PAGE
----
Volume 23, Issue 2 (June & July 2020)                   J Arak Uni Med Sci 2020, 23(2): 264-277 | Back to browse issues page

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Farhadtoski K, Bayani M, Sarlak H, Salimi Z. Factors Associated With Chronic Periodontitis Risk: A Case-Control Study. J Arak Uni Med Sci 2020; 23 (2) :264-277
URL: http://jams.arakmu.ac.ir/article-1-6203-en.html
1- Department of Periodontology, Faculty of Dentistry, Arak University of Medical Sciences, Arak, Iran.
2- Department of Periodontology, Faculty of Dentistry, Arak University of Medical Sciences, Arak, Iran. , mbayani@gmail.com
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Periodontitis is one of the most common chronic inflammatory diseases that can affect anyone of any age. The cause of periodontitis is the presence of opportunistic bacteria that are naturally present in the mouth [1]. Periodontitis is a multifactorial disease that is affected by various factors [8]. Risk assessment for chronic diseases is very important because it is common in a small group of people who are at higher risk [9]. Various factors have been identified that cause periodontitis, including weakened immune systems, smoking [10], alcohol abuse, and personal oral health [12]. The aim of this study was to evaluate some of the risk factors for periodontitis including smoking, alcohol use, toothbrushing and Socioeconomic Status (SES).

Materials and Methods

This case-control study was conducted on 240 students of Arak University of Medical Sciences (120 periodontitis patients and 120 healthy peers). Two questionnaires were used to collect information; a demographic and risk factors form, and a questionnaire prepared by Garmaroodi et al. to assess the SES of participants. To diagnose periodontitis, the identification of the areas with dental plaque accumulation and clinical examination were used. The criteria for periodontitis included the observation of teeth with any periodontal disease, the observation of bone loss on radiography images, and the probing depth ≥4 mm. Multilevel logistic regression was used to investigate the relationship between periodontitis and other variables. Data were analyzed in Stata 11 software.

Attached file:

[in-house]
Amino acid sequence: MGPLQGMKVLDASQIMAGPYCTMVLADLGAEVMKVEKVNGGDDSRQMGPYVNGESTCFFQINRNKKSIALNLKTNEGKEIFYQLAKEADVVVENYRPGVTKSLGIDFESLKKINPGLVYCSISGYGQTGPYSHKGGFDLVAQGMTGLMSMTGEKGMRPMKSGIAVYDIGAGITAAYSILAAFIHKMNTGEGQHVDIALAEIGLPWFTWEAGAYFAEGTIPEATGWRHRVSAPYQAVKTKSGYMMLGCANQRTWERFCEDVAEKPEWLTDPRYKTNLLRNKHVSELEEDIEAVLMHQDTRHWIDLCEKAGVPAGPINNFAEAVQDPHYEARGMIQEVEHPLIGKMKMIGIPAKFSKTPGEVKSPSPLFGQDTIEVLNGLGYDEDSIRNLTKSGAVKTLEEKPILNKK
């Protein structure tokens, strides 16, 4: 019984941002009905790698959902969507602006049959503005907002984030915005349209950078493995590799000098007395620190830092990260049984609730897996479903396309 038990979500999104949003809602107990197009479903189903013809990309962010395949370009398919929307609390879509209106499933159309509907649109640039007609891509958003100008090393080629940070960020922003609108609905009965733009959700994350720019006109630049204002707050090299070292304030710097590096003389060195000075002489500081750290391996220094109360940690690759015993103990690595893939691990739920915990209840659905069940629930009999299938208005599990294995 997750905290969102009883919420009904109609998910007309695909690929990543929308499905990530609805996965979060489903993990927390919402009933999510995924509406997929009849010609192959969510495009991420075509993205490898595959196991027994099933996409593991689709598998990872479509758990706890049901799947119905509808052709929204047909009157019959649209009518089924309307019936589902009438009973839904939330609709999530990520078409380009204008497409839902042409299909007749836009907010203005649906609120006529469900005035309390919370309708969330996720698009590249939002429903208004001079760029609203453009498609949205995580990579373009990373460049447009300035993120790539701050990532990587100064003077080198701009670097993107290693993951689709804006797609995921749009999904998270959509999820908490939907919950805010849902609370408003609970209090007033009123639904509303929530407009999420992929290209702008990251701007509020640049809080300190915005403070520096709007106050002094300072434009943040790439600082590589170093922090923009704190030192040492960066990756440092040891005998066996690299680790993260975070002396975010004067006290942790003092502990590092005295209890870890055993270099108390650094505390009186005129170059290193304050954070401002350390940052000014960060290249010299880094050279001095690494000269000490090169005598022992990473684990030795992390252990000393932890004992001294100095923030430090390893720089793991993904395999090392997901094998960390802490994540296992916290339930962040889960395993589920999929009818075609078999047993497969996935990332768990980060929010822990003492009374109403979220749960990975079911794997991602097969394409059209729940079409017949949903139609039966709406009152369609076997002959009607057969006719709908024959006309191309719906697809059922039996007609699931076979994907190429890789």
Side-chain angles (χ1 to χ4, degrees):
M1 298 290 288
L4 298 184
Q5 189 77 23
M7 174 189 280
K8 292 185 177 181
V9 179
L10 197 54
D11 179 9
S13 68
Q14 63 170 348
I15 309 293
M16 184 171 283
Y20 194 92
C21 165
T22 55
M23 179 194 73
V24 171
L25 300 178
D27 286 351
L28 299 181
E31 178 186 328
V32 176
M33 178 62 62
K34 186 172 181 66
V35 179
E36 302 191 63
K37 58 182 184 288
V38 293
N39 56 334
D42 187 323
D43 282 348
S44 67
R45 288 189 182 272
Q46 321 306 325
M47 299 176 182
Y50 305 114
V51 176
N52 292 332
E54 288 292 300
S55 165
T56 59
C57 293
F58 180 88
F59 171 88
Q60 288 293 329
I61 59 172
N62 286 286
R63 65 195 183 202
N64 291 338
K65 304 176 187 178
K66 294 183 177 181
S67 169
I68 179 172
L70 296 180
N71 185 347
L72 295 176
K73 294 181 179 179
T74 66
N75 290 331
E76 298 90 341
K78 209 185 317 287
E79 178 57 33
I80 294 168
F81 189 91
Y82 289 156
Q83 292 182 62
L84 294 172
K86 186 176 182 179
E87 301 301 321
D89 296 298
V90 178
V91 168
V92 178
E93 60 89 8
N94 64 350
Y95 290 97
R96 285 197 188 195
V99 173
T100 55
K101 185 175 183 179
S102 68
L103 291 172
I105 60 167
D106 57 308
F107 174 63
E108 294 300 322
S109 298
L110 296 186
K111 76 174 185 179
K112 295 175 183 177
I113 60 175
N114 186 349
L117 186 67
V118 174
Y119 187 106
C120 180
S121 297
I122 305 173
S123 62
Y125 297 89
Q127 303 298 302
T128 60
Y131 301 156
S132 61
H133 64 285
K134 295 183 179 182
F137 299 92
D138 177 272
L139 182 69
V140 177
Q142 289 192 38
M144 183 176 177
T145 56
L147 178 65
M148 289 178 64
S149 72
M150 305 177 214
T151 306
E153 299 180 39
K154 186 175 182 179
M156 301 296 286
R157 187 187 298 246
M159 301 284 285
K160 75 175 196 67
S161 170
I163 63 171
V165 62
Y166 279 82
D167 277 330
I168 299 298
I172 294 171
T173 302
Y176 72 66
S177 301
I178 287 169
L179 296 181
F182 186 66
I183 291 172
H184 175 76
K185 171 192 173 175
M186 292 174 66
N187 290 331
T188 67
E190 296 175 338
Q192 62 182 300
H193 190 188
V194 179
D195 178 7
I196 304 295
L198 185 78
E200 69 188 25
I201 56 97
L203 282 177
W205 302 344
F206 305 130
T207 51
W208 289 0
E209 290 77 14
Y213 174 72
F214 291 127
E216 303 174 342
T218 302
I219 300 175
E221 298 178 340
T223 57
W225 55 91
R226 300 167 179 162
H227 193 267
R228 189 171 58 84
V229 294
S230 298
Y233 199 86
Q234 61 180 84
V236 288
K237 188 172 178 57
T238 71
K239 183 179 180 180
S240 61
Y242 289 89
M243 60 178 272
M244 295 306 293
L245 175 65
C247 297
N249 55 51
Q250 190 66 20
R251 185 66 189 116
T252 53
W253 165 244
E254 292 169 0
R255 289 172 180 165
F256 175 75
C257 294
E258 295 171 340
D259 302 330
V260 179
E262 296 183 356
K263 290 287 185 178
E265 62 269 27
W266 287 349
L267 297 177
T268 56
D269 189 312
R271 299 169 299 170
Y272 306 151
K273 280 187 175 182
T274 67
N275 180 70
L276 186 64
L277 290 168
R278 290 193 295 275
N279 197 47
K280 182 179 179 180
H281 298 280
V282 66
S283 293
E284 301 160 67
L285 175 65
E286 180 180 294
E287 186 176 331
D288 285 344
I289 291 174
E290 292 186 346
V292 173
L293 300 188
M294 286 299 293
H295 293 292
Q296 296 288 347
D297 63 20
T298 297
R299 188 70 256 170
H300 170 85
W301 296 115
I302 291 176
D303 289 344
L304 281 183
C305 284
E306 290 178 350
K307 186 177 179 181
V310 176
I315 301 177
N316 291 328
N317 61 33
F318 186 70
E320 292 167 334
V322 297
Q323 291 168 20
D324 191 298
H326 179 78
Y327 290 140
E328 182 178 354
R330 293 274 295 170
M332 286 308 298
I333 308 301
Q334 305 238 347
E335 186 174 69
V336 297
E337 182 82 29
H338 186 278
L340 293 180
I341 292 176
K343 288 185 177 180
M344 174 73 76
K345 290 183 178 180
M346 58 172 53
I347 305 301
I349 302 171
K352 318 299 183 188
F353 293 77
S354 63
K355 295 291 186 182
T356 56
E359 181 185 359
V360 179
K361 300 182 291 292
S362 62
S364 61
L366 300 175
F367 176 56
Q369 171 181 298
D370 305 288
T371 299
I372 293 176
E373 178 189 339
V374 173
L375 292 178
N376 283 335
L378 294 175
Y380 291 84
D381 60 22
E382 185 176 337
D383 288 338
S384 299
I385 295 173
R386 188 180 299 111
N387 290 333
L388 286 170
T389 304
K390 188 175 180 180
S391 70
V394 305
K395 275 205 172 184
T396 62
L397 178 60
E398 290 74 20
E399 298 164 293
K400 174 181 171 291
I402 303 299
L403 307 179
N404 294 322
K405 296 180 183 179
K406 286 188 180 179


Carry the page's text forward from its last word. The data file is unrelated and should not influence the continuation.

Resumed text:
Demographic information and risk factors related to study participants are shown in Table 1,


and the relationship between periodontitis and study variables using multilevel logistic regression are presented in Table 2.

According to Odds Ratio (OR) values, the relationship of Periodontitis with age (>30 years vs. <20 years), SES (poor vs. moderate and high), toothbrushing, the average time period to change toothbrush (<3 months vs. >6 months), and cigarette smoking was significant. The dose-response relationship for cigarette smoking and periodontitis was also significant, where the chance of developing periodontitis was OR= 3.05 among patients who smoked 5-10 cigarettes per day, and OR= 3.81 among those who smoked more than 10 cigarettes per day, compared to those who smoked less than 5 cigarettes per day.


In this study, there was a significant relationship between prevalence of periodontitis and smoking, toothbrushing, toothbrush replacement, and SES. There was also a dose-response relationship for cigarette smoking. As the number of smoked cigarettes increased, the risk of periodontitis also increased. Being a former or current smoker also affects periodontitis. In different studies, similar results have been reported for smoking, although the effects of previous and current smoking have not been studied [20-23]. People who smoke more than 10 cigarettes a day are more likely to develop periodontitis [27]. Periodontitis prevalence was highest in current smokers, low in former smokers, and lowest in those who had never smoked [29]. People with high SES had higher periodontal health than people with poor SES [16]. Alcohol consumption increases the risk of periodontitis [31]. On average, people consuming alcohol less than once a week are just as likely to develop periodontitis as those who do not drink alcohol [32]. Alcohol consumption also has a significant effect on clinical attachment level [36]. 


Given the importance of periodontitis, its various complications and high costs, and given the role of its risk factors, it is necessary to plan to reduce cigarette smoking and alcohol consumption and increase oral health and brushing, especially in young people.

Ethical Considerations

Compliance with ethical guidelines

This study obtained its ethical approval from the Research Ethics Committee of Arak University of Medical Sciences (Code: 1397.145).


The present paper was extracted from the PhD thesis of the first author Department of Periodontology, Faculty of Dentistry, Arak University of Medical Sciences.

Authors' contributions

All authors met the writing standards based on the recommendations of the International Committee of Medical Journal Editors (ICMJE).

Conflicts of interest

The authors declared no conflict of interest.

The authors would like to thank the Deputy for Research of Arak University of Medical Sciences for their financial support.


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Type of Study: Original Atricle | Subject: General
Received: 2019/12/8 | Accepted: 2020/02/15

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